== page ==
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02 May 2018 Photo Charl Devenish
South Campus UAP celebrates 27 years of access to education
Mr Francois Marais, Prof Kalie Strydom, Prof Daniella Coetzee (South Campus Principal), Prof Francis Petersen, Dr Nthabeleng Rammile (Vice-Chairperson of the UFS Council), and Dr Khotso Mokhele (Chancellor of the UFS).

More than 27 years ago, international funding from the Human Sciences Research Council and Anglo American was put to an unusual use for that time. Prof Kalie Strydom’s research unit at the University of the Free State (UFS) was tasked with reviewing how institutional missions would change in the new South Africa. Prof Strydom worked closely with surrounding communities in Bloemfontein to develop a bridging course which would help students who showed potential to access tertiary education, although they did not meet the requirements. His vision brought to birth the University Access Programme (UAP), as it is known today, which is hosted on the UFS South Campus, and is still providing unique access to higher-education institutions in South Africa.

People with a passion for human development
March 2018 saw the 27th anniversary of this remarkable initiative, which has given a second chance to over 18 000 students. Special guests at the event included Prof Strydom, Mr Francois Marais, and representatives from the Department of Higher Education and Training and Investec’s corporate social investment office.

Dr Sonja Loots, researcher in the UFS Centre for Teaching and Learning (CTL), singled out two key individuals in the formation of the UAP: Prof Kalie Strydom, who initiated the programme, and Mr Marais, who has been Director of the UAP since its inception. Dr Loots highlighted one of the driving forces behind Prof Strydom’s perseverance, vision, and determination with the UAP by quoting from an interview with him for an upcoming book on student access and success. He said, “It was a decision based on principle … to be part of the solution to a better country.”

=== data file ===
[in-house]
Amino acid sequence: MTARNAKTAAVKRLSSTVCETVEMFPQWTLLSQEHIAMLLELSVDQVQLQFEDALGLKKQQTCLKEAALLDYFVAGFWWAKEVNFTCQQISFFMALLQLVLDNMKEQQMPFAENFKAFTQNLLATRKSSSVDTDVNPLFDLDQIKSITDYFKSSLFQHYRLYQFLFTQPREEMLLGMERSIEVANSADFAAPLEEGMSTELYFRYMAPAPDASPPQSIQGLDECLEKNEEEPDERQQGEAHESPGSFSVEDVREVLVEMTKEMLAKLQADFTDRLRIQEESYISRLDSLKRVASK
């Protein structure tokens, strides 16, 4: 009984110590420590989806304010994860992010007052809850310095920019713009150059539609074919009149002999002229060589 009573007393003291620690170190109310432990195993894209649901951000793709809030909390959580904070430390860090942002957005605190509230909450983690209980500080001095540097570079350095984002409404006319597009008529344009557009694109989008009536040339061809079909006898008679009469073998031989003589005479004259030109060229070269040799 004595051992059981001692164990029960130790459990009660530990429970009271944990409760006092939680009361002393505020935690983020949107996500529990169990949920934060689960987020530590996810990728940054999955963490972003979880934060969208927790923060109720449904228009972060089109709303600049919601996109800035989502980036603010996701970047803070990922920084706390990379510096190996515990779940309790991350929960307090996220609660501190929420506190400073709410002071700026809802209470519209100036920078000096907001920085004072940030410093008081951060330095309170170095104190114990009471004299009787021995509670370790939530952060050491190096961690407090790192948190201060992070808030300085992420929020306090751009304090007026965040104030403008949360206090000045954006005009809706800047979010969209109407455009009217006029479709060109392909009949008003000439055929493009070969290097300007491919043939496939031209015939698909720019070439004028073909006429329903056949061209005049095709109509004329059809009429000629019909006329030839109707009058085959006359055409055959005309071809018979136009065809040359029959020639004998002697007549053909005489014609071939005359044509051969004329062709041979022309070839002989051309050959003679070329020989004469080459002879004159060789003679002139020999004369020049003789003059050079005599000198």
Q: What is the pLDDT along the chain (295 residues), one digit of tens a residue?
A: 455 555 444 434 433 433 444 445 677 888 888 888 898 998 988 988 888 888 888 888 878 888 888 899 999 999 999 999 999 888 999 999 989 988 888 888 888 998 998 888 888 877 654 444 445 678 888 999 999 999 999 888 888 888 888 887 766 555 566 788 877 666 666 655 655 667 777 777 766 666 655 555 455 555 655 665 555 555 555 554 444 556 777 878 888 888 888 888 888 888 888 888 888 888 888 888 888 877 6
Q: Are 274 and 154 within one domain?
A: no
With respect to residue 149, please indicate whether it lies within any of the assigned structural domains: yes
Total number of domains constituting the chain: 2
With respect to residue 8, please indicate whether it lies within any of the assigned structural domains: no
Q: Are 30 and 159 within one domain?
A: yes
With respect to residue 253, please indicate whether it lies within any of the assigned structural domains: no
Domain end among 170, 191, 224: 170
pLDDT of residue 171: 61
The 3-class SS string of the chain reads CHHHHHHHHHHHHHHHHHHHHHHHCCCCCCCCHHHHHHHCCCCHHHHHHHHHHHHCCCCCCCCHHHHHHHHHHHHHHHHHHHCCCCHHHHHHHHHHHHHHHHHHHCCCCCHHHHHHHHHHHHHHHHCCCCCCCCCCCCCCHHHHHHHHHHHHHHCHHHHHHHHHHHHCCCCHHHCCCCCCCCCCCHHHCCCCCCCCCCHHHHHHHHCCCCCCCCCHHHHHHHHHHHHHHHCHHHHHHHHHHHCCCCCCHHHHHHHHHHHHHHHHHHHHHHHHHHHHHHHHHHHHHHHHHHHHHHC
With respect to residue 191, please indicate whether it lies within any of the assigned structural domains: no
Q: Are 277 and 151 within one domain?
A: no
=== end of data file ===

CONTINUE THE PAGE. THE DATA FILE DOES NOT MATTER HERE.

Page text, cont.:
Access and success still an issue today
In his presentation on the “Importance of Access”, Prof Francis Petersen, Rector and Vice-Chancellor of the UFS, pointed out the vital role of access in South Africa, especially the value it offers for the betterment of the country’s people. However, he said that student success is also an issue, and institutions need to be accountable for it. Quoting Prof John Martin of the University of Cape Town’s Faculty of Engineering, “We must be flexible on access, but robust on success.” Only by “closing the loop” in this way, can the UFS and other higher-education institutions ensure a valuable contribution to the economy of the country.

News Archive

First Black Rag Queen wants to give voice to voiceless
2017-02-22

Description: Coronation ball 2017 Tags: Coronation ball 2017

The winners of the 2017 Amanzi Coronation
ball are, from the left: Devina Harry,
Second Princess; Kgomotso Sebusi,
First Princess; Prudence Mahlaba, Rag Queen;
Suhail Peerbhai, Mr Rag; Jordan Nadasen,
First Runner-up; and Mohlale Matlala,
Second Runner-up.
Photo: Gerhardus Bosch


“It is true what they say about your purpose driving you towards your goal. The ride to eventually becoming the first black RAG Queen was motivated by a pure desire in my heart to help other people.”

This is the moving words of Prudence Mahlaba, who was crowned Rag Queen at the Amanzi Coronation Ball on Friday 17 February 2017. Suhail Peerbhai, a second-year BCom Economics student, was crowned Mr Rag 2017.

Giving a voice to the voiceless

Mahlaba says she wants to make a positive impact, “not only on the less fortunate, but also on the voiceless.” The fourth-year LLB student strives to adhere to the vision of the acronym RAG (Receive and Give). RAG is mainly about a good cause in order to make a difference.
“It is beauty with a purpose, practising what you preach, and doing unto others what you want them to do unto you,” Mahlaba said.

It was a night of glitz and glamour as the finalists made a last bid for the sought-after titles at the prestigious event held at the Student Church on the Bloemfontein Campus of the University of the Free State.

Role provide foundation for change
“Becoming Mr Rag is an exceptional feeling; however, this role entails much more responsibility,” Peerbhai said. “At a time like this, it has given me a solid foundation to make a difference in communities that are less fortunate.”

His advice to future participants in the contest is, “to go for it, since it entails the most life-changing challenges students in our era can face. No classroom teachings can provide you with the same values and experiences.”

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